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Playing Your Cards Right: How Gathering Multiple Offers Can Help You Get a Higher Salary When Switching Jobs

Source: Zip

Switching jobs can be an exciting opportunity for workers to increase their earnings, but how large a wage bump you get depends on multiple factors.

Negotiating your job offer is often cited as the way to increase your salary, but ZipRecruiter economists have found the story is more complicated.

It is not negotiating alone that gets you higher wages—rather, it is negotiating with multiple job offers in hand.

According to data from the latest ZipRecruiter Survey of New Hires, 70% of recent job switchers increased their pay when they changed jobs.

Among the 70% of job switchers who increased their pay, the average pay increase was 25%. Those who reported negotiating did not receive significantly higher wage increases than those who did not.

But those who negotiated and had multiple job offers received significantly larger wage gains—a 2.3 percentage point (ppt) boost, on average, to be precise.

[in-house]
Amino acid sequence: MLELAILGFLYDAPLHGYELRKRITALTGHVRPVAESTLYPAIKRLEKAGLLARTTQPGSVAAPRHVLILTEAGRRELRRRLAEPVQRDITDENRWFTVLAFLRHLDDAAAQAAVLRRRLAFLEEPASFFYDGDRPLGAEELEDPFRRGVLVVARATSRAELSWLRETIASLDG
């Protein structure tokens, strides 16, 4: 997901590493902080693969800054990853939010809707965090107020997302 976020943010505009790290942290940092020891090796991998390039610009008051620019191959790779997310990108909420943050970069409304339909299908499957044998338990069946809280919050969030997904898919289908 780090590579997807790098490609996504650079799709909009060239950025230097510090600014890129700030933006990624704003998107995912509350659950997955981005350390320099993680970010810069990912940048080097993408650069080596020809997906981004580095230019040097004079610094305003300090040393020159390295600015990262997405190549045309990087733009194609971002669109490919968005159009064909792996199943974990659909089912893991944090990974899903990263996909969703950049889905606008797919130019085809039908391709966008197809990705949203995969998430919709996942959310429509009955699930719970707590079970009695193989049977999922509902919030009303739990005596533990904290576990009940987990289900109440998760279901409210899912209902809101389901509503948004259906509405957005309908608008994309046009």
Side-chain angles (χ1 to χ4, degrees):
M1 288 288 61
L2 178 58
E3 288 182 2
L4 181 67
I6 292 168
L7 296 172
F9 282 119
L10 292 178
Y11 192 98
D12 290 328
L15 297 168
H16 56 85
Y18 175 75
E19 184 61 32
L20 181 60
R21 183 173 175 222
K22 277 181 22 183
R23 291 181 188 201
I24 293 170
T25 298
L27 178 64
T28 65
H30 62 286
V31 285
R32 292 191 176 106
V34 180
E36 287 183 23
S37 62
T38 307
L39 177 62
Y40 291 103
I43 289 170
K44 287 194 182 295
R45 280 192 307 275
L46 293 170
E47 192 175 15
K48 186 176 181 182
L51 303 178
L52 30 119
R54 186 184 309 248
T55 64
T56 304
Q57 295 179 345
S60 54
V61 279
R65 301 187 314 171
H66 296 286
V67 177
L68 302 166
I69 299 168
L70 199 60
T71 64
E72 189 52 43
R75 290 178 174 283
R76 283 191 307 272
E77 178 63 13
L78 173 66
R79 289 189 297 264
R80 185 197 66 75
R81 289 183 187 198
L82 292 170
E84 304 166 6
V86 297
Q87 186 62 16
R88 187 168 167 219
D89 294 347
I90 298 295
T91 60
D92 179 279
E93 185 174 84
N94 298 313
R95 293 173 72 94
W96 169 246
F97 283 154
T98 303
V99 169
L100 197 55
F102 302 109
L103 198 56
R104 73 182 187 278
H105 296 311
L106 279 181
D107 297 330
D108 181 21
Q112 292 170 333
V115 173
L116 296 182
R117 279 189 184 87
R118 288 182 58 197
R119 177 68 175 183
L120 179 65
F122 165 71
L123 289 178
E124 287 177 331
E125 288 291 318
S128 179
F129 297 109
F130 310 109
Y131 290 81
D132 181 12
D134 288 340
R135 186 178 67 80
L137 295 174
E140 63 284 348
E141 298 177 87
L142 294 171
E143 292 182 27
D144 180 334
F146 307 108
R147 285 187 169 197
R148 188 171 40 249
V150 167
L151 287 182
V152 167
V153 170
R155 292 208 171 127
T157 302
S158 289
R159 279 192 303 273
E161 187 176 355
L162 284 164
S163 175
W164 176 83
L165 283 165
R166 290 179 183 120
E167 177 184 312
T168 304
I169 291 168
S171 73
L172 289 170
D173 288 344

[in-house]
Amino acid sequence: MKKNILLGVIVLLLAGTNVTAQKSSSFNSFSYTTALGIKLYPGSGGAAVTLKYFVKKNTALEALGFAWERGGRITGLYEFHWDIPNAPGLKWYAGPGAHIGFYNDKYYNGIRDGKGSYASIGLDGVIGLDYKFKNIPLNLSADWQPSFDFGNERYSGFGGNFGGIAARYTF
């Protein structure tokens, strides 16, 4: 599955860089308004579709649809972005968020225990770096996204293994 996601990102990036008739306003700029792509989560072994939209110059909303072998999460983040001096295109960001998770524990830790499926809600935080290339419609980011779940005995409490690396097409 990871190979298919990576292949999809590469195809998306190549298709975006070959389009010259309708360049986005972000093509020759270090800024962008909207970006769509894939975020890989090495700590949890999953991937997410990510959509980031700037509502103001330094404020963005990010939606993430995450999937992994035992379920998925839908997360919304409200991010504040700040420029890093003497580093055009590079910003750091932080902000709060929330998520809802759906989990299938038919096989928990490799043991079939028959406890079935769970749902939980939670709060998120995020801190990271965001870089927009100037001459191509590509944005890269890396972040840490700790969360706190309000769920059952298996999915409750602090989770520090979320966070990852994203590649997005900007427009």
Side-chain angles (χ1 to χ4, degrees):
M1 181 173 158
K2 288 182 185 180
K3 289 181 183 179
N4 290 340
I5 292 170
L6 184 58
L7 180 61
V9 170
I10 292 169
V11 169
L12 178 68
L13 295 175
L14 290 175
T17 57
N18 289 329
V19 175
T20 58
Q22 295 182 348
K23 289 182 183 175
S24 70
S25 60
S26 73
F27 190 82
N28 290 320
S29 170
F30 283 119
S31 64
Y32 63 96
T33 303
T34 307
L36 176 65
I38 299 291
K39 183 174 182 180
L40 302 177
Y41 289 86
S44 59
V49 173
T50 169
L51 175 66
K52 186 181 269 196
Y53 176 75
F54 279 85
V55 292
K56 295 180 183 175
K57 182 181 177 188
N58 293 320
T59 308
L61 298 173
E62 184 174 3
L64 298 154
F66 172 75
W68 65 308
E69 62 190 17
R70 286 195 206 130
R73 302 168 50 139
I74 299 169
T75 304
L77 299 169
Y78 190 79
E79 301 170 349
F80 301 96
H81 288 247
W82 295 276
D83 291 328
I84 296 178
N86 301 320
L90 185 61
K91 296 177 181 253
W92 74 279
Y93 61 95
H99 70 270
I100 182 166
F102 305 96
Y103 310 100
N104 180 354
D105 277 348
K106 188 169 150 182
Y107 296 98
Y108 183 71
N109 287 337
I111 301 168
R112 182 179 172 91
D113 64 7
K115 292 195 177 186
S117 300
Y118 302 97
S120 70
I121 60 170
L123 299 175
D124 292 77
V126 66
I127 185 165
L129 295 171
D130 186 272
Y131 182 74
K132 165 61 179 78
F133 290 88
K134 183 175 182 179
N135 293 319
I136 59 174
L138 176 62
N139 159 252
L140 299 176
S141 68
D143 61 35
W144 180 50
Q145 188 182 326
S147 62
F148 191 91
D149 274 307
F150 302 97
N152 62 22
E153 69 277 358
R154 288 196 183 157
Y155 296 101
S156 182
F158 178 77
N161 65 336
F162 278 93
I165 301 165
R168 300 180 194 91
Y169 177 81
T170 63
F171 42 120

In addition to having multiple offers, having a college degree, being under the age of 55, and having more prior work experience were also associated with larger wage increases for job switchers.

College degree holders were able to get an additional 3.3 ppt boost, compared to non-degree holders. Workers under the age of 25 got the largest wage increases, in percentage terms, with prime-age workers receiving about 3-5 ppts less, and workers over age 55 receiving about 10 ppts less.

That is partly because younger workers tend to increase their earnings relatively quickly at the start of their careers, as they gain experience, whereas older workers often choose to move into lower-paying jobs that are less demanding and that offer greater flexibility and work-life balance.